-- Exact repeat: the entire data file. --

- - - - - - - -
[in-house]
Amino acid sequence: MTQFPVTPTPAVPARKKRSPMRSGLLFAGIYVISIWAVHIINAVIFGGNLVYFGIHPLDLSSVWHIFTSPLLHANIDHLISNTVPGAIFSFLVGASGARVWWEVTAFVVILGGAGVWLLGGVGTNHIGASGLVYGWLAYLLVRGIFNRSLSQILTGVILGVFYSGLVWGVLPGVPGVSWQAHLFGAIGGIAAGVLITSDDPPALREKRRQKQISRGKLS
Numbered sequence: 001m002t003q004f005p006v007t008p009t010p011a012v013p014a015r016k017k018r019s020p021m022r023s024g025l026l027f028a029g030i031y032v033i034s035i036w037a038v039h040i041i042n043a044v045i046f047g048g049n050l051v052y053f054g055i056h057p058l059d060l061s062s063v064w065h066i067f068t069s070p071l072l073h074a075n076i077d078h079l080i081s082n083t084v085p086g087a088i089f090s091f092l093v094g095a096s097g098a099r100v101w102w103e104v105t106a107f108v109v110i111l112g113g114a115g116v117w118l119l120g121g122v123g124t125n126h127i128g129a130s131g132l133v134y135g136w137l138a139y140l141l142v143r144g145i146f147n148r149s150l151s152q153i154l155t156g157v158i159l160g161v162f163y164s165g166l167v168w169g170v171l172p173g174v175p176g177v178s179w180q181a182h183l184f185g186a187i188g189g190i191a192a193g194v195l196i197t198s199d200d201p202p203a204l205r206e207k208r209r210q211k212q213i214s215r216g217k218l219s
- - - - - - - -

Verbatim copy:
[in-house]
Amino acid sequence: MTQFPVTPTPAVPARKKRSPMRSGLLFAGIYVISIWAVHIINAVIFGGNLVYFGIHPLDLSSVWHIFTSPLLHANIDHLISNTVPGAIFSFLVGASGARVWWEVTAFVVILGGAGVWLLGGVGTNHIGASGLVYGWLAYLLVRGIFNRSLSQILTGVILGVFYSGLVWGVLPGVPGVSWQAHLFGAIGGIAAGVLITSDDPPALREKRRQKQISRGKLS
Numbered sequence: 001m002t003q004f005p006v007t008p009t010p011a012v013p014a015r016k017k018r019s020p021m022r023s024g025l026l027f028a029g030i031y032v033i034s035i036w037a038v039h040i041i042n043a044v045i046f047g048g049n050l051v052y053f054g055i056h057p058l059d060l061s062s063v064w065h066i067f068t069s070p071l072l073h074a075n076i077d078h079l080i081s082n083t084v085p086g087a088i089f090s091f092l093v094g095a096s097g098a099r100v101w102w103e104v105t106a107f108v109v110i111l112g113g114a115g116v117w118l119l120g121g122v123g124t125n126h127i128g129a130s131g132l133v134y135g136w137l138a139y140l141l142v143r144g145i146f147n148r149s150l151s152q153i154l155t156g157v158i159l160g161v162f163y164s165g166l167v168w169g170v171l172p173g174v175p176g177v178s179w180q181a182h183l184f185g186a187i188g189g190i191a192a193g194v195l196i197t198s199d200d201p202p203a204l205r206e207k208r209r210q211k212q213i214s215r216g217k218l219s